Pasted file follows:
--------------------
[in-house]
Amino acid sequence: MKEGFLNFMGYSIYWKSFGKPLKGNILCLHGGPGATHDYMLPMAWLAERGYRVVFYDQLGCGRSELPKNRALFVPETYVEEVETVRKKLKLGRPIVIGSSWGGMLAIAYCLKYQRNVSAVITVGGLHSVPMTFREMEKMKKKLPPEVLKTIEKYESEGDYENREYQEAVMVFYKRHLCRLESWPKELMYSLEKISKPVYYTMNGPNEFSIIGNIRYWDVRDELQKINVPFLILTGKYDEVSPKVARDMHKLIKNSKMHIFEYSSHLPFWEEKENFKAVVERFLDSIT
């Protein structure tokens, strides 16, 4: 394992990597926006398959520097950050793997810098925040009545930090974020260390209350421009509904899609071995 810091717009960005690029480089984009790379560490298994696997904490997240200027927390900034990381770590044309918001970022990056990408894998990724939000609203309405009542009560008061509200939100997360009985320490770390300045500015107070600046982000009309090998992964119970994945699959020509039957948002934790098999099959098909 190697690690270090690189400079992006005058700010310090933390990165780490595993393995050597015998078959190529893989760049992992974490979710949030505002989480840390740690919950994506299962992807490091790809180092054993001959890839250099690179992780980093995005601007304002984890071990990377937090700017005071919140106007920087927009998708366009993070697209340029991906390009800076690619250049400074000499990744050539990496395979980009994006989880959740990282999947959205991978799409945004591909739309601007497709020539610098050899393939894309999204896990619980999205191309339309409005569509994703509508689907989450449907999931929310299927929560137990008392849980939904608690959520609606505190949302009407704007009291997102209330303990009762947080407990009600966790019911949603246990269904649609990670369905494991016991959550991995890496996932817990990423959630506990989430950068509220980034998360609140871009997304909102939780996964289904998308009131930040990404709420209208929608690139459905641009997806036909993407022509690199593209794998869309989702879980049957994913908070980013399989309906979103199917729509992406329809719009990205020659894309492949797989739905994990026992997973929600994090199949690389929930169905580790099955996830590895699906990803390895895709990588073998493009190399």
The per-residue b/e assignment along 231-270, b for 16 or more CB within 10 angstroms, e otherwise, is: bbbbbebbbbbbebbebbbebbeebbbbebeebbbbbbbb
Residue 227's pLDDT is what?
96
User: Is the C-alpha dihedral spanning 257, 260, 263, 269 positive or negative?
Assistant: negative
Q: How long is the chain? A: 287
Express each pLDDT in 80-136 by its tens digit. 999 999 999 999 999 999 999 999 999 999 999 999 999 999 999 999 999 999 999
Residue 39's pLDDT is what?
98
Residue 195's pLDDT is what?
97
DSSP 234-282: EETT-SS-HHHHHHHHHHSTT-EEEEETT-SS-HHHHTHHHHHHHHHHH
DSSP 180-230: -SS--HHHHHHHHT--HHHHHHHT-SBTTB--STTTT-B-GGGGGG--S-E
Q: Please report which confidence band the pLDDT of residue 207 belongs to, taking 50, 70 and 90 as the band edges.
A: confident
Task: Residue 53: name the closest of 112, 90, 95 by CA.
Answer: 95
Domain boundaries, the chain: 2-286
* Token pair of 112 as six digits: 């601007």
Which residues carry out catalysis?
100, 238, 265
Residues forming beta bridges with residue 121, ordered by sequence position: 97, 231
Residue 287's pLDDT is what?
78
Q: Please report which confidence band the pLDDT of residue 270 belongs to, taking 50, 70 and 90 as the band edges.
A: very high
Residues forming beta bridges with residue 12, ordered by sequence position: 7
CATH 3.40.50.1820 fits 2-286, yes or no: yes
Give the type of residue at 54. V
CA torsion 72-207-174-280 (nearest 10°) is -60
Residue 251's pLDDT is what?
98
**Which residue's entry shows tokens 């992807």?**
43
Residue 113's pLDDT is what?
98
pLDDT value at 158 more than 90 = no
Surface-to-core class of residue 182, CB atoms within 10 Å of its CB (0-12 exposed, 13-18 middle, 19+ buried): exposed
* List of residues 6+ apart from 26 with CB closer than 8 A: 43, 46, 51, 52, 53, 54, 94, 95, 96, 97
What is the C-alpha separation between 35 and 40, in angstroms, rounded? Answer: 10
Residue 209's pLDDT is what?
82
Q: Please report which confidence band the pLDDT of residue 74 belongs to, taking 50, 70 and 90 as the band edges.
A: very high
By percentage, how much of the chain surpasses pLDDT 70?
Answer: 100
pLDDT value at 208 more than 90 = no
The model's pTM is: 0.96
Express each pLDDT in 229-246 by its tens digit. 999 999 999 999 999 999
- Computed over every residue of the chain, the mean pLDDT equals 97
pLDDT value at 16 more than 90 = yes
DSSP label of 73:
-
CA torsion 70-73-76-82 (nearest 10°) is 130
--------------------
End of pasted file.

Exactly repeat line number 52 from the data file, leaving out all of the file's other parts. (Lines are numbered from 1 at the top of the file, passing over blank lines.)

Express each pLDDT in 229-246 by its tens digit. 999 999 999 999 999 999